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Philippine Leader Diminishes Vice President’s Power in Anti-Drug Role

Luis Liwanag and Jeoffrey Maitem
Manila and Cotabato, Philippines
2019-11-19
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Philippine President Rodrigo Duterte talks with Vice President Leni Robredo during a graduation ceremony at the Philippine National Police Academy in Cavite city, Philippines, March 24, 2017.
Philippine President Rodrigo Duterte talks with Vice President Leni Robredo during a graduation ceremony at the Philippine National Police Academy in Cavite city, Philippines, March 24, 2017.
Reuters

Philippine President Rodrigo Duterte announced late Tuesday that he was diminishing the power of the country’s vice president as co-chair of his administration’s anti-drug campaign only weeks after appointing her to the role.

In a hastily convened late-night news conference in Manila, the president said he had decided to limit Vice President Leni Robredo to a “need to know basis” in that role.

Robredo, the leader of the political opposition who had questioned the killings of thousands of suspects under the Duterte government’s three-year-old war on illegal drugs, surprised the public and her supporters in early November when she accepted a challenge from him to take a lead role in that campaign.

At the news conference, Duterte clarified that Robredo had not been given a cabinet rank after all, as he made it clear that he disapproved of Robredo’s early actions in her new role. Among others, he said he took umbrage that the deputy president had invited an unnamed human rights official to the Philippines to investigate the conduct of the drug war.

“The problem here is that I cannot trust her, not only because I do not know her, but because I do not know the people she speaks with,” Duterte told reporters. “The way she behaved right after I appointed her [does] not inspire. It’s not inspiring.”

Asked to clarify whether Robredo was still co-head of the anti-drug campaign, Duterte answered in the affirmative, but said she was “on a need to know basis.”

Early on after Robredo’s appointment, other officials in the administration grudgingly accepted her presence, but differences about the way to go about the drug war soon emerged. The head of the country’s drug enforcement agency openly clashed with her, especially after she announced that she would put a stop to the killings in the drug war.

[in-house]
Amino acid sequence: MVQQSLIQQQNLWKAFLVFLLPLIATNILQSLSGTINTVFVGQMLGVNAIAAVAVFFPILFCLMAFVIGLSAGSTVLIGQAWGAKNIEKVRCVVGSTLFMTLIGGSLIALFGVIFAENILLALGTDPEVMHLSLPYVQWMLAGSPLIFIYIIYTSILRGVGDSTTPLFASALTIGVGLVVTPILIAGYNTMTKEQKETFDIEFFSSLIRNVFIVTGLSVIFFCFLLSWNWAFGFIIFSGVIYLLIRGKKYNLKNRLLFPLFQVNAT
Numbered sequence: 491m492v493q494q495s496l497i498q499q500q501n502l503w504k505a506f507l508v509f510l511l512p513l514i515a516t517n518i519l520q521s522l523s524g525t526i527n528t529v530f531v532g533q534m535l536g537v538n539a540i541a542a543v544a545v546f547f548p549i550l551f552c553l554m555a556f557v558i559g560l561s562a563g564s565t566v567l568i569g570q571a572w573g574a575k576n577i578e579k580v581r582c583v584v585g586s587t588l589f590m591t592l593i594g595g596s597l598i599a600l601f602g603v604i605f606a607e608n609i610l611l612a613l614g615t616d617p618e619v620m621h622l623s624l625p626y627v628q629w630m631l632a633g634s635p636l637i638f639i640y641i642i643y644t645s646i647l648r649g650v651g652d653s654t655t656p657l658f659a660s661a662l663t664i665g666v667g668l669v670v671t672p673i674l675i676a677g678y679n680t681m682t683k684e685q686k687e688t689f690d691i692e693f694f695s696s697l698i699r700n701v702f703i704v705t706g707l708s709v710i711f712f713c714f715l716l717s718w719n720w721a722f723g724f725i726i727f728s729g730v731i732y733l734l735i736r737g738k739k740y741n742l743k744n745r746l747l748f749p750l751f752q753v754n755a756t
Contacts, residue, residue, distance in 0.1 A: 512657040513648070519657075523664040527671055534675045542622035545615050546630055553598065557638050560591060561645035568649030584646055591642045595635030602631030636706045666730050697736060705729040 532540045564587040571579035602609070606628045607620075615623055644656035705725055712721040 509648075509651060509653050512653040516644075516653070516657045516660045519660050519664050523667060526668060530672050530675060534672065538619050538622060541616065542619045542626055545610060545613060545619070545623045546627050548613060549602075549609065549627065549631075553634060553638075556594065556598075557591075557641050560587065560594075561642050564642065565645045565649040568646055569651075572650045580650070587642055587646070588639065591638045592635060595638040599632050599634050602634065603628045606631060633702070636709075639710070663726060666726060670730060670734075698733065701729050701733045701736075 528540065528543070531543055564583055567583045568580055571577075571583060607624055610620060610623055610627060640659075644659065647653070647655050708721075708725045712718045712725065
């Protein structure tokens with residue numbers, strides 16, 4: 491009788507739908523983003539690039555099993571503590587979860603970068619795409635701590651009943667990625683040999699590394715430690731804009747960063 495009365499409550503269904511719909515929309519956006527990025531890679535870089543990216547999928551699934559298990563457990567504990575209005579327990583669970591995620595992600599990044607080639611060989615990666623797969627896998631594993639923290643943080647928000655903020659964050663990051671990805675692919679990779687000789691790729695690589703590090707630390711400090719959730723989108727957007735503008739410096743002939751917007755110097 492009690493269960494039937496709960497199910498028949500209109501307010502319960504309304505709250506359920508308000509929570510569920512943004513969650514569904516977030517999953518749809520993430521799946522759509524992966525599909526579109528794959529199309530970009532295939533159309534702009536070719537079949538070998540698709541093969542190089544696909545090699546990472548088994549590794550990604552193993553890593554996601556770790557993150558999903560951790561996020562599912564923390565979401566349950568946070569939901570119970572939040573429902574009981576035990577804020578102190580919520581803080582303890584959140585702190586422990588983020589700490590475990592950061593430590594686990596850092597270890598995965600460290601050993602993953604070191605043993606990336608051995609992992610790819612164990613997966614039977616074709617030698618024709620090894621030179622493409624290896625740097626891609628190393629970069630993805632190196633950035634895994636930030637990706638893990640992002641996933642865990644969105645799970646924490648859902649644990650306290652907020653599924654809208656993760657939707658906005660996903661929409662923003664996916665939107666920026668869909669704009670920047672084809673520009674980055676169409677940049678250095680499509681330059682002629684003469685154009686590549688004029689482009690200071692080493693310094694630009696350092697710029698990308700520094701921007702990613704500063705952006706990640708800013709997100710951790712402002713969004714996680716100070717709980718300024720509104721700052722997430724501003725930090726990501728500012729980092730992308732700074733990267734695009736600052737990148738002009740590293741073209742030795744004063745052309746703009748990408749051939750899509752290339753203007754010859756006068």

On Tuesday, Duterte dared Robredo to invite the unnamed rights official to enter the Philippines, going so far as to say that he would physically assault the official.

“You can invite that [expletive], Leni, I dare you. I will tell the immigration [bureau] to let him in and I will slap him. Please invite him and accord him VIP treatment and I will slap him right in front of you,” Duterte said. But the president emphasized that he was not firing Robredo.

Since taking on the job related to the campaign of ending the national scourge of drug addiction and the illegal drug trade, Vice President Robredo has met with officials of the U.S. Bureau of International Narcotics and Law Enforcement Affairs, the Drug Enforcement Administration (DEA), the FBI and the U.S. Agency for International Development (USAID) to discuss how to improve the Philippines’ approach in combating drugs.

Robredo also declared that under her direction, she wanted to see fewer killings, which have reached nearly 6,000, according to official police statistics, since Duterte became president in mid-2016. Foreign governments and human rights groups have criticized the killings, saying that the actual death toll could be four times higher.

Robredo could not be reached immediately for comment after Duterte’s press conference.

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